Retaining Staff is Critical – What is Being Done to Counter Attrition?
Eva Jenkins warns companies not to loose their grip on the old while reaching for the new

“There’s a hole in the bucket,” warns Eva Jenkins. “And that’s no way to be prepared for the coming flood. Jenkins, principal at Washington-based firm VIP Innovations, is a respected leader in the field of staffing and human resources issues, is waving a red flag at the majority of businesses who are likely to find themselves on the short end of the employee stick in 2006.

Jenkins reports that 2006 staffing forecasts predict growth and an increase in hiring. “In fact, VIP has just created a new training program titled ‘Hiring Winning Talent’ in anticipation of the demand for new employees.” Yet too many companies are focused exclusively on the hiring process, and Jenkins asks, “What is being done to counter attrition?”

She notes that HR professionals, hiring managers, and executives alike agree on the importance of retention, “yet companies continue to focus their attention on filling the bucket, ignoring the fact that it’s sprung a leak.”

Don’t Squander Resources
Jenkins says the solution lies in “retention strategies that address the ebb and flow of workers at all levels of organizations.” The approach, she says, is “proactive rather than reactive…a preventative measure.”

Jenkins acknowledges that there are, “plenty of good high-profit-earning companies out there treating their employees with respect and able to attract and hire employees who actually match a well- designed and well-written job description.” However, she believes that there are twice as many companies whose “only ambition is to have Wall Street rate them favorably according to a perversely tangled mess of a system.”

Jenkins believes that Wall Street analysts have a shortsighted view of staffing: the more jobs are being cut, the better the company’s management must be. “Wall Street-ers only clap and give positive ratings when a company cuts staff, and cuts deep…without any real business sense and frequently without much business integrity,” she says.

Jenkins expresses surprise that Wall Street “endorses squandering capital…human capital…one of the most valuable assets a company has.” She says its good business sense to focus on people. “A company doesn’t exist in a vacuum where the goal is simply doing business, Jenkins explains. “When you’re ‘doing business’ you’re doing business with customers…clients…patients… Simply put, the business of business is people.”

Plugging the Holes
Jenkins says that there is statistical evidence to show that most employees “jump ship” for one of six reasons. A large number of ex-employees cite the challenge of the work itself as a motivator or de-motivator. “The extent to which a job will make effective use of an employee’s intelligence, abilities and skills begins with well thought out hiring processes, ongoing retention strategies, and personal motivation programs,” says Jenkins.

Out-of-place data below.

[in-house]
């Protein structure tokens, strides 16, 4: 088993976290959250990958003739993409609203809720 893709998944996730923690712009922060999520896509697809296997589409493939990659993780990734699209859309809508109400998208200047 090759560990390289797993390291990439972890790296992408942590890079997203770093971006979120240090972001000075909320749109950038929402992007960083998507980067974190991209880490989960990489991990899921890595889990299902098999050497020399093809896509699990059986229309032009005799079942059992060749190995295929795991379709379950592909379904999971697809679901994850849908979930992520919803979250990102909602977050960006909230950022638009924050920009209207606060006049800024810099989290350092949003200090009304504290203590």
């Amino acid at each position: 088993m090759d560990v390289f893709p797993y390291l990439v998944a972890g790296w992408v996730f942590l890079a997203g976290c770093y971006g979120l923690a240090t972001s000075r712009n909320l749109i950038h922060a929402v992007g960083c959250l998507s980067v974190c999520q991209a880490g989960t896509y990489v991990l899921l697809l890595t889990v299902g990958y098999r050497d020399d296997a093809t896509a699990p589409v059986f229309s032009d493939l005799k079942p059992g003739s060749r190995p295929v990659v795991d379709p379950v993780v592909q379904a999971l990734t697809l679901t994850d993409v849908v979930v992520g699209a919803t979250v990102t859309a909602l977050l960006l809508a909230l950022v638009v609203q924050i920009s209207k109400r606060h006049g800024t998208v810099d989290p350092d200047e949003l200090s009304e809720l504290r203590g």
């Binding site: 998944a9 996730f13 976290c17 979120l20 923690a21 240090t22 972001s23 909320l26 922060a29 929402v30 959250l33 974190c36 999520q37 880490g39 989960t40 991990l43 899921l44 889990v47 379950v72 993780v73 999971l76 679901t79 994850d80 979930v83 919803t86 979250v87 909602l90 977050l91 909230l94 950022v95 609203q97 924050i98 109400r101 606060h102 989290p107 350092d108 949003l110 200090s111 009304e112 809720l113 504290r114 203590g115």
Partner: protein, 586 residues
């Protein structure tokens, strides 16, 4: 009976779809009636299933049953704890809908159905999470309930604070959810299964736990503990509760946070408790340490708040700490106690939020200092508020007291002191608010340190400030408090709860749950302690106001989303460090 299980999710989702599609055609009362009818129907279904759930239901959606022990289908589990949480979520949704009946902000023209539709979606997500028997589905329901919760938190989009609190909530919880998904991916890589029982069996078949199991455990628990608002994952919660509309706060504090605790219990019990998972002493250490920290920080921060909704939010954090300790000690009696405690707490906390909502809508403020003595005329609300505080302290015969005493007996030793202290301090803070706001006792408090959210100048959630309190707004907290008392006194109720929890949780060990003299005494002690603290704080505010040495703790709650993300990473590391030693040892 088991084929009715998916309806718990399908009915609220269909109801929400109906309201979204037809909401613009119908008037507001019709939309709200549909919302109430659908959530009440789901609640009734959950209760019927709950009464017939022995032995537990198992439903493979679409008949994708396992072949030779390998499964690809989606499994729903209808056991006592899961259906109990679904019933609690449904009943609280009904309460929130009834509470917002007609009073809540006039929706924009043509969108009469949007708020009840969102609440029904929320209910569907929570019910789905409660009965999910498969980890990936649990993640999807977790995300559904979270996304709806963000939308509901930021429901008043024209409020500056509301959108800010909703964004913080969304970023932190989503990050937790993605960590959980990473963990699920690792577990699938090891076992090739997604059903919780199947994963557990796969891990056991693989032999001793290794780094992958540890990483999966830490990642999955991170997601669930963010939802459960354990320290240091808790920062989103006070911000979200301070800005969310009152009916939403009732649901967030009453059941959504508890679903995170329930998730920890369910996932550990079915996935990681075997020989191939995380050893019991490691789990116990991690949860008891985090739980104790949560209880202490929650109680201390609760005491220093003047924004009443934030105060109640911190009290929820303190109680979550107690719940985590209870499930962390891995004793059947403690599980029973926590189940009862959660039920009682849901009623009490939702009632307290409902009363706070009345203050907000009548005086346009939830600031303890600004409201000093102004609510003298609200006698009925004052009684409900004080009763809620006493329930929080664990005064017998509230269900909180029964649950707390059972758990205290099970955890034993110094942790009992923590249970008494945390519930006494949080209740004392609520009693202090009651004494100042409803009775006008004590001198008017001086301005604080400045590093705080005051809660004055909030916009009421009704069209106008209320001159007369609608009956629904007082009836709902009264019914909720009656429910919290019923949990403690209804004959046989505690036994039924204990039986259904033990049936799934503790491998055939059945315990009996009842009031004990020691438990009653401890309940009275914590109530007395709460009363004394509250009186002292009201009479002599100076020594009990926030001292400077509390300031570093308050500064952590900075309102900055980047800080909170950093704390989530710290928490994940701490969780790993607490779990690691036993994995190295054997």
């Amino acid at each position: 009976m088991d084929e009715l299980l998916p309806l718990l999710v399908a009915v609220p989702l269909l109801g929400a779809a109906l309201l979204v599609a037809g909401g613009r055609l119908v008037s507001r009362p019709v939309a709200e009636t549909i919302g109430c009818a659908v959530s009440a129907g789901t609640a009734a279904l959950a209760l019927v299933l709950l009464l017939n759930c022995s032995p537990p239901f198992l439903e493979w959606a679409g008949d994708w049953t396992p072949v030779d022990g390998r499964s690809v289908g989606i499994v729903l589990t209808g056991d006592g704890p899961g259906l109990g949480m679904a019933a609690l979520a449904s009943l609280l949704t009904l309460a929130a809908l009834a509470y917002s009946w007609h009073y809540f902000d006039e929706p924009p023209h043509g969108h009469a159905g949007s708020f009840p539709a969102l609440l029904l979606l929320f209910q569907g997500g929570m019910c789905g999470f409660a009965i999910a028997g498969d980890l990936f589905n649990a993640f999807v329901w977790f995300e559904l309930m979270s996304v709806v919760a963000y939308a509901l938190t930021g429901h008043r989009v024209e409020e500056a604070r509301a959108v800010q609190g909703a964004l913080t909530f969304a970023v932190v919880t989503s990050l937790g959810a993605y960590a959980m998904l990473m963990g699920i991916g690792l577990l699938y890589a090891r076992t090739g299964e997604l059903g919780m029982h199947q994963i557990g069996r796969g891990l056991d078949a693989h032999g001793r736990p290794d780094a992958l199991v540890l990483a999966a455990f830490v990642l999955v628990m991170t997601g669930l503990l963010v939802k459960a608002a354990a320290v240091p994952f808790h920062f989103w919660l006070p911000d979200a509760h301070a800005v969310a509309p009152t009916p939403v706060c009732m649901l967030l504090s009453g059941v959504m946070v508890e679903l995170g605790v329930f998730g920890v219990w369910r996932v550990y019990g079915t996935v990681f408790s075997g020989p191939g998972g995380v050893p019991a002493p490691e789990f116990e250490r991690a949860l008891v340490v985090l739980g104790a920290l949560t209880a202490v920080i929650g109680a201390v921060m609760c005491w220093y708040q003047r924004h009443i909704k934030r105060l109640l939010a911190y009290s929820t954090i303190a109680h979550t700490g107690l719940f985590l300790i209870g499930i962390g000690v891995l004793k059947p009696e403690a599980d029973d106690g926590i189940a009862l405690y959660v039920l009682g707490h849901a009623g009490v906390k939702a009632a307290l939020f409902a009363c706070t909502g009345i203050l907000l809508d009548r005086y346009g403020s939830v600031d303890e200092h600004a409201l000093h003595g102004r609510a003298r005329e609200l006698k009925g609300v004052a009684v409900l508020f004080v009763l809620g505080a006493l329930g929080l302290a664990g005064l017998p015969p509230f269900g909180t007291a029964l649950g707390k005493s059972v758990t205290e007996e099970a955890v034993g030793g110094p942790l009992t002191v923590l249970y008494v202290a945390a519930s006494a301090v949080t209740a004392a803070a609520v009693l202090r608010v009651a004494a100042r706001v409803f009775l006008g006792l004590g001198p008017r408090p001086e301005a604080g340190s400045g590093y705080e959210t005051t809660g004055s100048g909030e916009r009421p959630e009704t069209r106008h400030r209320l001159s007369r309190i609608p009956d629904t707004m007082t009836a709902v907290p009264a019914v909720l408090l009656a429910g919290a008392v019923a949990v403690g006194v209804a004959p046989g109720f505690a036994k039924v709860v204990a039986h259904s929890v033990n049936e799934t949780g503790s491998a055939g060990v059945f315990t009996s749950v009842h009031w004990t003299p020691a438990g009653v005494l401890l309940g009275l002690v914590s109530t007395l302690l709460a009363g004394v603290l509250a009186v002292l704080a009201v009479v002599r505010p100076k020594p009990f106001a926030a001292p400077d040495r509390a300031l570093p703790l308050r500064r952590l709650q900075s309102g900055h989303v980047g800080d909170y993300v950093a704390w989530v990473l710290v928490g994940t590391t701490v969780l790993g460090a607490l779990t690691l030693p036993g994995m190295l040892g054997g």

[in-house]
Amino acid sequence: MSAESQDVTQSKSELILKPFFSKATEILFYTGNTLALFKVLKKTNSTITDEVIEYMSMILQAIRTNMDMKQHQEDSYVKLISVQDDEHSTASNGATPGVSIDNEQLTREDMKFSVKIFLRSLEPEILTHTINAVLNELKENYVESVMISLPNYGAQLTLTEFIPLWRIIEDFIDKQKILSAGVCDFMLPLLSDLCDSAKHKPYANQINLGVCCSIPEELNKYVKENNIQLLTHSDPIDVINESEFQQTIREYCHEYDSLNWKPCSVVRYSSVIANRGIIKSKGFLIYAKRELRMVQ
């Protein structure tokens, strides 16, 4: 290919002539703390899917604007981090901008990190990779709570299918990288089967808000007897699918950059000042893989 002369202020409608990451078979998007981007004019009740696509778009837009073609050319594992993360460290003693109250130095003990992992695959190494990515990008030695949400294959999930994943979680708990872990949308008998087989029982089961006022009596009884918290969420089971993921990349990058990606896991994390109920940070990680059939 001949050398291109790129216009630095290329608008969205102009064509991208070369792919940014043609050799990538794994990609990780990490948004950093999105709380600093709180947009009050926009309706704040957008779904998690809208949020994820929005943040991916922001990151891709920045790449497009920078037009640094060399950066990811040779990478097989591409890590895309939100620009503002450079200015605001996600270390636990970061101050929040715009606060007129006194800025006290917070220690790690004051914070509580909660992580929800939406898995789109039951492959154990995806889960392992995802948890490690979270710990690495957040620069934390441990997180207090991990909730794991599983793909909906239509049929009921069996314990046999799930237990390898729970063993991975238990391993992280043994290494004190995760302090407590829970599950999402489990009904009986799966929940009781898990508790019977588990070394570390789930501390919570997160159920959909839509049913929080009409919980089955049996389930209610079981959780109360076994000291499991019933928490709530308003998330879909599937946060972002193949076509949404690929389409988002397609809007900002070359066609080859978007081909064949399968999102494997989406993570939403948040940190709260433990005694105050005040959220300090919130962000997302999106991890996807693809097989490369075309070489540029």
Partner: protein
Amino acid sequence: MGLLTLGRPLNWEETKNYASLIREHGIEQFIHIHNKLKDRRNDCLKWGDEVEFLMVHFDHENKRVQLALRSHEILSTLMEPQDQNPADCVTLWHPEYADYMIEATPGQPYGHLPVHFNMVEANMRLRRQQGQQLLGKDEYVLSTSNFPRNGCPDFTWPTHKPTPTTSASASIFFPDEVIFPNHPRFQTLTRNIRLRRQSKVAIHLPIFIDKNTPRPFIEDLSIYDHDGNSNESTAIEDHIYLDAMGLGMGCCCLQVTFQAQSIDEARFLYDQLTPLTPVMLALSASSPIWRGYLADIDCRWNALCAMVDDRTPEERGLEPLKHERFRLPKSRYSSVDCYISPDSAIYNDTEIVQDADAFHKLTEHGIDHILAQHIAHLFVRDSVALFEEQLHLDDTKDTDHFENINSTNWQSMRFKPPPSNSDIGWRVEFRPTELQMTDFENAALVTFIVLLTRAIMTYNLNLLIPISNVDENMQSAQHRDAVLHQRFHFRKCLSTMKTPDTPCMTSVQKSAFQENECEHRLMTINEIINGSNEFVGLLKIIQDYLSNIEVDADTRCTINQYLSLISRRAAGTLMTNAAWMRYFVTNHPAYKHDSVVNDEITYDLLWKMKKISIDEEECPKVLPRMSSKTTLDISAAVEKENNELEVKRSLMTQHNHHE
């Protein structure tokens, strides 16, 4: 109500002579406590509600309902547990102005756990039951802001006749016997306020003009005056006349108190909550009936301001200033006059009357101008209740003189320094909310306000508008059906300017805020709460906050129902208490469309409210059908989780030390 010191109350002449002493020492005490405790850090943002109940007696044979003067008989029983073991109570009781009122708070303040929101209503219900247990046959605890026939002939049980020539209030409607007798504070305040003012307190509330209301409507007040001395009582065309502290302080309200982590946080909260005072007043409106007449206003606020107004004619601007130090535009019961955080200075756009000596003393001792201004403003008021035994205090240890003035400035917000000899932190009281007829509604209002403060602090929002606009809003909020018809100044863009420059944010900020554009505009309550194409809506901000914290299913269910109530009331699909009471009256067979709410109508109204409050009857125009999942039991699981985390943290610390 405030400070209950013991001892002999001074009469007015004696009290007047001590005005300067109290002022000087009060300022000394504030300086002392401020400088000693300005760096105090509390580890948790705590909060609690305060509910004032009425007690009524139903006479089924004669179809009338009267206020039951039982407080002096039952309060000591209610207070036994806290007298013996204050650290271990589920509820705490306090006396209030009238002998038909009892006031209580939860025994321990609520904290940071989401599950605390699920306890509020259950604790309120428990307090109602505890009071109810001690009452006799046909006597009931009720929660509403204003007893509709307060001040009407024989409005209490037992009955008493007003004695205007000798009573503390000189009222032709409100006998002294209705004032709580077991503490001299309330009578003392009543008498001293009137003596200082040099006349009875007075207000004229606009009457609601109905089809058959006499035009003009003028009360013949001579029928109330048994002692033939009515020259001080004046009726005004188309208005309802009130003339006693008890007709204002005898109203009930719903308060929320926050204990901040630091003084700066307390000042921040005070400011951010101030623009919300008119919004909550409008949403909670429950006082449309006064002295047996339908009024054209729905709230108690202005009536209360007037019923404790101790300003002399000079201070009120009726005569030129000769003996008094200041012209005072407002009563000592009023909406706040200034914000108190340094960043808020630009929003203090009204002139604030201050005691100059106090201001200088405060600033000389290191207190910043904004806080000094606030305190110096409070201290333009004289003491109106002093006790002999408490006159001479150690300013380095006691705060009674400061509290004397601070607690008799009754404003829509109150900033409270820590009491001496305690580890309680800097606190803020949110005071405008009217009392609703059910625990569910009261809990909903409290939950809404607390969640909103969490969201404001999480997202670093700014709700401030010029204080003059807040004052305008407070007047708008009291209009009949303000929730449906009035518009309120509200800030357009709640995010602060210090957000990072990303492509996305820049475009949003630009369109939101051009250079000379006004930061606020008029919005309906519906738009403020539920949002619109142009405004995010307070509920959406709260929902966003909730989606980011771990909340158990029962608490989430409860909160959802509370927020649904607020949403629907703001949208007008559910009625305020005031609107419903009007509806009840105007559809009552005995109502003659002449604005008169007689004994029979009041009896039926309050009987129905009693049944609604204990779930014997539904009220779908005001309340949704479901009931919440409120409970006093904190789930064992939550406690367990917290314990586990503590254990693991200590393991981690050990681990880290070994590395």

She emphasizes the personal, in ‘personal motivation.’ She notes that “not everyone is motivated by the same ‘carrot’…and not everyone stays on the job for the same reason.” Jenkins encourages HR professionals and company managers to “ask questions, get answers, and adapt policy to reflect the reality of employees’ needs and goals.”

When it comes to acquiring new skills, Jenkins challenges companies to provide a program of continuing education to keep employees current. A lack of training, directions, resources, authority, information and cooperation creates an environment in which employees feel they are unable to perform. “It’s important that companies provide a landscape that is conducive to success,” says Jenkins.

An environment that is conducive to self-worth is equally critical. “Employers will do well to make team members aware of their importance…not just to the company, but to the real-life needs of the customer they serve, and to society, in general.” Jenkins says that this can be achieved with “good job descriptions and ongoing feedback.”

Employees also frequently give “thumbs down” to lack of recognition received for performance and lack of pride in the company.

Jenkins stresses that managers must be made aware of the reasons that employees are moving on. “Because what’s truly eye-opening is how easy it is to trace the source of the dissatisfaction to something systemic…not only ineffective HR polices, but bad management practices, as well.” Despite the gold mine of insights they may yield, Jenkins wonders how many companies are using exit interviews to gather information on employee satisfaction and “whether the results of those interviews are ever shared with company managers.”

Returning to her bucket metaphor, Jenkins says, “What’s leaking out the bottom of the bucket is not the bottom of the barrel. It’s seasoned employees whose value to the company cannot easily be replicated or replaced.” The danger, she says, is that employers will “realize too late how difficult it is to hire replacements in a market that favors the employee more than the employer.”